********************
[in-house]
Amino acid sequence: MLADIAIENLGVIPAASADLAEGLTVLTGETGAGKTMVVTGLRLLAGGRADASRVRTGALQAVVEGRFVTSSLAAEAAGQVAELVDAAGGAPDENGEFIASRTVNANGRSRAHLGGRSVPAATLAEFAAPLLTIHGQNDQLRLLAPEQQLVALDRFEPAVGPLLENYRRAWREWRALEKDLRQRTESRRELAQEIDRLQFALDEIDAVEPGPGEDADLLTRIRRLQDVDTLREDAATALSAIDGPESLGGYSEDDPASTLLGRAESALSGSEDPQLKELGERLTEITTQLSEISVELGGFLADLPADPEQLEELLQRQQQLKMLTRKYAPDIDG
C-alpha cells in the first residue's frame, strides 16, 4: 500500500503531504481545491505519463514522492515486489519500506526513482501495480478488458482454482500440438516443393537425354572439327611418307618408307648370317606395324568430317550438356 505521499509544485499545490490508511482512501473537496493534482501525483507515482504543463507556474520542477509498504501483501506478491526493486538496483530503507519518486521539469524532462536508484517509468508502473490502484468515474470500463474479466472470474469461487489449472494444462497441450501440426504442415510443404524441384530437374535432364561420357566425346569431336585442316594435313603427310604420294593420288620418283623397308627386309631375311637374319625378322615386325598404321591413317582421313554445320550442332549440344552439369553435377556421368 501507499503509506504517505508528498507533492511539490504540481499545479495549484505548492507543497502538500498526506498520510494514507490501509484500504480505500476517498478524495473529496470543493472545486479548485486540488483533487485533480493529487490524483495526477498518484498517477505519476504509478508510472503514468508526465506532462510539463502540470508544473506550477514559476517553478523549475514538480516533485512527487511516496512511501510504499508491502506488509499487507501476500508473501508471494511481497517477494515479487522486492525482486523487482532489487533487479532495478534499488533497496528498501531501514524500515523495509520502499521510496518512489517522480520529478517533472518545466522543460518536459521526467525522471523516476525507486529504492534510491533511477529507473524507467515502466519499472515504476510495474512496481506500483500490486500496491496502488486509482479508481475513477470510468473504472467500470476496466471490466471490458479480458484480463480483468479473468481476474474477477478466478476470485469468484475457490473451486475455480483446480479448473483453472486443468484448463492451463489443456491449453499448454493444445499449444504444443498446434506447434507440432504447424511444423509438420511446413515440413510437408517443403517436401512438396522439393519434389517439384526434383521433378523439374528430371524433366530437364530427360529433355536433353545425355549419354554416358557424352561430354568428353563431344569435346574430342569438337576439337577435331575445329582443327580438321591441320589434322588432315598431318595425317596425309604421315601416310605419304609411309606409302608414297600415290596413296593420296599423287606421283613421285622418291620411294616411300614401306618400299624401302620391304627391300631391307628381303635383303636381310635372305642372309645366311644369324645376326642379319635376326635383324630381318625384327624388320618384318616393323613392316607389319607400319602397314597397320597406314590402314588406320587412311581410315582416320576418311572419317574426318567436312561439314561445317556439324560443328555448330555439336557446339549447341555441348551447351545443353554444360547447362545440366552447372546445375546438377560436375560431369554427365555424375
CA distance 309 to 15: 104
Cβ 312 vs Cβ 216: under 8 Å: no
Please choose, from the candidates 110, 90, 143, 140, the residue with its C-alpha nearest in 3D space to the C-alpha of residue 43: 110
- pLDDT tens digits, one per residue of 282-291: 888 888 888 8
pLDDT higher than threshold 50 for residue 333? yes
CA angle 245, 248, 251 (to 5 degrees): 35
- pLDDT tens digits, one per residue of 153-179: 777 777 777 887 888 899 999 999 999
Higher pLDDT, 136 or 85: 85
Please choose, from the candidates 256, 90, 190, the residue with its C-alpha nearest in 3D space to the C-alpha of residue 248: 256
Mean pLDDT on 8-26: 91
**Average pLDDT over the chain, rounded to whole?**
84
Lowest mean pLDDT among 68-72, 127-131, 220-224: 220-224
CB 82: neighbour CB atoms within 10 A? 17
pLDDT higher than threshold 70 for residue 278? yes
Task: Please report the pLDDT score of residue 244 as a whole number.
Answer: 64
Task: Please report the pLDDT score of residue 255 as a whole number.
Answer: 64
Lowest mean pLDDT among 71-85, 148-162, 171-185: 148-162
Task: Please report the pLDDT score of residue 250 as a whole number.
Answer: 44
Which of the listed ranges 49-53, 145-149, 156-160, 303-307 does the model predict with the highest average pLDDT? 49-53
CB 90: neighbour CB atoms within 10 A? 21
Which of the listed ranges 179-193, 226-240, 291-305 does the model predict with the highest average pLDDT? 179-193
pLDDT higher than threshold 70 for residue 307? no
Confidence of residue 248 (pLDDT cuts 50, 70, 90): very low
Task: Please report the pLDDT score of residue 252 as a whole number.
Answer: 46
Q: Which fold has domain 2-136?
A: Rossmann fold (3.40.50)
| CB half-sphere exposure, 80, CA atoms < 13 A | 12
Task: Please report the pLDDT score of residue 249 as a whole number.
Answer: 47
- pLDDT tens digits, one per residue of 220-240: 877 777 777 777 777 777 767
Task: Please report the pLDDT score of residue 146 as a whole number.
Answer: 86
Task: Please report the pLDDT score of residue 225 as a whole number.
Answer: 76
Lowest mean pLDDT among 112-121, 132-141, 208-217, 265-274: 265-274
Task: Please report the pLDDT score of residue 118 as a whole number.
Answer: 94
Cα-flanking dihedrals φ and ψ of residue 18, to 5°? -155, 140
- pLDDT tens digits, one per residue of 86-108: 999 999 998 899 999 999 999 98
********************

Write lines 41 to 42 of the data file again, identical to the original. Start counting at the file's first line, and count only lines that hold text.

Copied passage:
Task: Please report the pLDDT score of residue 225 as a whole number.
Answer: 76